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Five Things We Learned About South Park: The Fractured But Whole - gamescom Preview

Five Things We Learned About South Park: The Fractured But Whole - gamescom Preview

We got a chance to sit down with Ubisoft at this year’s gamescom and were given 20-minutes of uninterrupted gameplay with South Park: The Fractured But Whole. Taking the role of the new kid once again, we stripped off our fantasy gear and dressed into something a little more ‘superhero’ and explored the recently delayed sequel to The Stick of Truth.

With that in mind, here’s five of the best things we learned about South Park: The Fractured But Whole

It's Still Rude & Crude

South Park: The Stick of Truth might have been the rudest and most offensive (in the best possible way) game of last generation. Nazis, abortion, anal probes; you name it, chances are, it was in there. Hell, in Europe and Australia, some scenes were even left out of the final game, leaving us with a face-palming Michaelangelo's David or a crying Koala instead. Fans of the previous game and South Park in general will be pleased to know that even in the brief 20-minute opening of the game, The Fractured But Whole retains the crude humour of the show. From the more tame toilet humour, where having a poo is now a mini-game, to once again watching your parents have sex, or the certificate 18 language used by the boys; it’s all back.

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It Sounds Just Like the Show

And speaking of the dialogue, once again it’s perfect with all the shows cast reprising their roles. Of course, on more than a handful of occasions that means that show creators Matt Stone and Trey Parker have stepped up to the mic, proving that they are 100% invested in the game’s creation. Cartman remains the whiny ‘his way or no way’ only child demeanour, Butters is the stuttering worrier and Stan the voice of reason. If The Stick of Truth is anything to go by, then you can also expect cameos of fan favourites such as Big Gay Al, Randy and even Al Gore. Twinned with the now iconic guitar string score, you’ll be able to fool yourself into thinking that you’re just watching another episode.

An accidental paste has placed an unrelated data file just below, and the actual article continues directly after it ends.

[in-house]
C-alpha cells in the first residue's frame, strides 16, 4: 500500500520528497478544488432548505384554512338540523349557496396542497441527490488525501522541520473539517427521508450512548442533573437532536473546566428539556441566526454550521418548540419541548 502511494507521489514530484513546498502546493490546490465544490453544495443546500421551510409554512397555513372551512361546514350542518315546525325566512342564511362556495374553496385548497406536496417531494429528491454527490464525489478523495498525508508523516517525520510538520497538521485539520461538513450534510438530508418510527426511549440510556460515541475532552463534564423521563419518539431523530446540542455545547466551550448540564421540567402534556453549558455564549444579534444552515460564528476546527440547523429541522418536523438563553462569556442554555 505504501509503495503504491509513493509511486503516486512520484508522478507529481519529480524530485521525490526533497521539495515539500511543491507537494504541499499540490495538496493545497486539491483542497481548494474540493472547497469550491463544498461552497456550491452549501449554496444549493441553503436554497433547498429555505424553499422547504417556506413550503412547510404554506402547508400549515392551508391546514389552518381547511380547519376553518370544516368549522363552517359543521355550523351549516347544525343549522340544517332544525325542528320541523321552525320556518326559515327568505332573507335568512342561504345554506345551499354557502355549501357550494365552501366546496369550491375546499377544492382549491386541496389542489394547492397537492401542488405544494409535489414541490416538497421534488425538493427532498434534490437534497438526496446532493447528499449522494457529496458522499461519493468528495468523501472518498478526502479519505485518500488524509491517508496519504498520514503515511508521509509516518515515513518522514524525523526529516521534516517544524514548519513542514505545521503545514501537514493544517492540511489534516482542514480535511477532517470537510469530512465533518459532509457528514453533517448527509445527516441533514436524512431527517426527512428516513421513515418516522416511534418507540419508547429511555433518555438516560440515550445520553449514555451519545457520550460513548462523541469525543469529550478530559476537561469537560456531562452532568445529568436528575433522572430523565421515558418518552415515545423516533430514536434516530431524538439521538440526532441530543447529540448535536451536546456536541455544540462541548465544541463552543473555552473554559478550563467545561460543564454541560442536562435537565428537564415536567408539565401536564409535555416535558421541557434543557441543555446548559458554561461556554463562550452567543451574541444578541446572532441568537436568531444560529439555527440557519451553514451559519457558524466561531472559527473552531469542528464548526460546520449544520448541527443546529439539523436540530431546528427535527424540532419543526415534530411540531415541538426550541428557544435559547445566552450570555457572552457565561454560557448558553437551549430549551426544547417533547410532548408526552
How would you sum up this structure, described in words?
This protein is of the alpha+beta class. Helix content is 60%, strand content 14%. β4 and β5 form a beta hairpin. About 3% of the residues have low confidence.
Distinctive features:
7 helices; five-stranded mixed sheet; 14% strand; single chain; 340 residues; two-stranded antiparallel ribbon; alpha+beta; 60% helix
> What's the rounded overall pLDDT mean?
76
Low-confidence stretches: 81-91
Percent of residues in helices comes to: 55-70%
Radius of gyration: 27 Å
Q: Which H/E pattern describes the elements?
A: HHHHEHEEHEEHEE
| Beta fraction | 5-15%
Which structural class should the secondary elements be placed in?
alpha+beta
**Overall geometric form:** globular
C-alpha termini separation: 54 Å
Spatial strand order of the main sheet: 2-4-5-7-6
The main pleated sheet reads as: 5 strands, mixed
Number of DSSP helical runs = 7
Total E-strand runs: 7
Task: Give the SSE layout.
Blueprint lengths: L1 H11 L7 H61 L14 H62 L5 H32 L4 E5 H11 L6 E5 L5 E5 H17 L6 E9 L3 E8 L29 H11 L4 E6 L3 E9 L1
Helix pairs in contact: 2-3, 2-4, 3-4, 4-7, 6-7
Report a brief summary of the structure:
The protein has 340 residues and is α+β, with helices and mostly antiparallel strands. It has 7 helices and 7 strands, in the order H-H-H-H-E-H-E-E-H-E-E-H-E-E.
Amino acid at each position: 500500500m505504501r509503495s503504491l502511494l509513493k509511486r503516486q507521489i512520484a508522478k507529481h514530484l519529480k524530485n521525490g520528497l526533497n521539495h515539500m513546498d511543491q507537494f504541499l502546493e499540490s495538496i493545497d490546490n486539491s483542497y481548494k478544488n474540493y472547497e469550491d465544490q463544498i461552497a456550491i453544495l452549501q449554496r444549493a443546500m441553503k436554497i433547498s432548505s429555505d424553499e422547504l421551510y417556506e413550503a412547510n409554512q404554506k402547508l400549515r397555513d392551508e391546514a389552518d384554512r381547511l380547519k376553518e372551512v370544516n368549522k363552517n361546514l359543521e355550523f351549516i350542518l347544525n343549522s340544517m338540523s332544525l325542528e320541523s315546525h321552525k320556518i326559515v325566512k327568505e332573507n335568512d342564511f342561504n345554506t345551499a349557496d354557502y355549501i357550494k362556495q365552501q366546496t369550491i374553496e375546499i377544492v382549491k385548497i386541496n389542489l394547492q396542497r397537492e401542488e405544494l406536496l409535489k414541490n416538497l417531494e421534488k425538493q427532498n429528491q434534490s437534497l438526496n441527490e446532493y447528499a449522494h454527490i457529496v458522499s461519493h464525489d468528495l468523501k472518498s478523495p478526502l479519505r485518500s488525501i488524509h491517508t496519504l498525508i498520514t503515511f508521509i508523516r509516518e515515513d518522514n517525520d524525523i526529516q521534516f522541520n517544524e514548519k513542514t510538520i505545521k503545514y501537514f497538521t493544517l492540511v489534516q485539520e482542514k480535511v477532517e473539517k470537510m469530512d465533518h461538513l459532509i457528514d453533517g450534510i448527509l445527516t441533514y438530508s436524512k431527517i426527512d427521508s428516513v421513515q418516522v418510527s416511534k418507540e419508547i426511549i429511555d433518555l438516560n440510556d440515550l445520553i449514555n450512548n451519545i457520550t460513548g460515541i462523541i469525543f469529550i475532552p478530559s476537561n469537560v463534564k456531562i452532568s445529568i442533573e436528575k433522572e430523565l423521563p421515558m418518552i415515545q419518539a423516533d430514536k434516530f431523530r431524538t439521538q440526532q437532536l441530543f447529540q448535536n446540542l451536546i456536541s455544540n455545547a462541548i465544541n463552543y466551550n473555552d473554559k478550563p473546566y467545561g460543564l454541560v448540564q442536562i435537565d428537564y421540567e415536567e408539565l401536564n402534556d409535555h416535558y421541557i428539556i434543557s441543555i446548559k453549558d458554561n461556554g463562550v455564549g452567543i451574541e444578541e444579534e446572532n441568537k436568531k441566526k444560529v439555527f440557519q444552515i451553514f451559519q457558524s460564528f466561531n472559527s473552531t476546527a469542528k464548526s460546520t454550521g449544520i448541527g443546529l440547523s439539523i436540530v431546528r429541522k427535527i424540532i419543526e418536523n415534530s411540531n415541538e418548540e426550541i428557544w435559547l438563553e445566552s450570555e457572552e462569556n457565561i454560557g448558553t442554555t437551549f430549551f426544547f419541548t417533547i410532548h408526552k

Superheroes Are More Diverse Than Wizards and Elves

Despite the different classes in The Stick of Truth, no matter what you played as they all felt pretty similar; changes only really surfacing when you switched your items and armour. In South Park: The Fractured But Whole, your class decision is much more important, determining your style of play and your series of attacks. Ultimately, it’s a decision that means you either get up in the faces of your opponents or stand back and absorb attacks. Though only ‘speedster’ was available in the 20-minutes we had, Ubisoft tell us that there will be at least 12 classes, all with subclasses that you can refine, in the final version. So, if you see yourself as more of a Hulk, a Batman or a Doctor Strange, chances are there’ll be a class for you.

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Fighting is More Complex

And it’s the above classes that help evolve the turn-based combat. Rather than simple 3v3 battles in the original, where you would target enemies to attack, South Park: The Fractured But Whole puts you on a grid, reminiscent of old school board games. Now, instead of being stationary, you are given a grid to move around in order to get the upper hand on your foes. This also introduces things such as barriers that enemies can hide behind making combat more like a game of chess and changes your tactical approach. For example, the battle in the demo involved fighting against a heavy and a medic, so the advice given was to sneak behind the heavy to avoid his attack and focus on taking out the health replenisher. It’s a big step from the combat of the original, but with gentle encouragement, players should be able to get the gist of the new system.

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Farts will always be funny. When you were a child they were funny, when you hear them today, they’re funny. Luckily South Park: The Fractured But Whole has put even more focus on those hilarious trouser trumpets. The new kid’s farting super power is now even more lethal, allowing you to rip through time and space to attack foes and even scale buildings in the appropriately named ‘fartcour’ in order to reach hidden items and secrets. You can see ‘fartcour’ as South Park: The Fractured But Whole equivalent of the anal probe teleportation in the original. Pure anal humour!

gamescom 2016
Dom D'Angelillo

Dom D'Angelillo

Staff Writer

Dom is an English Language graduate. How does he make the most of his degree? He plays obscene amounts of Playstation of course!

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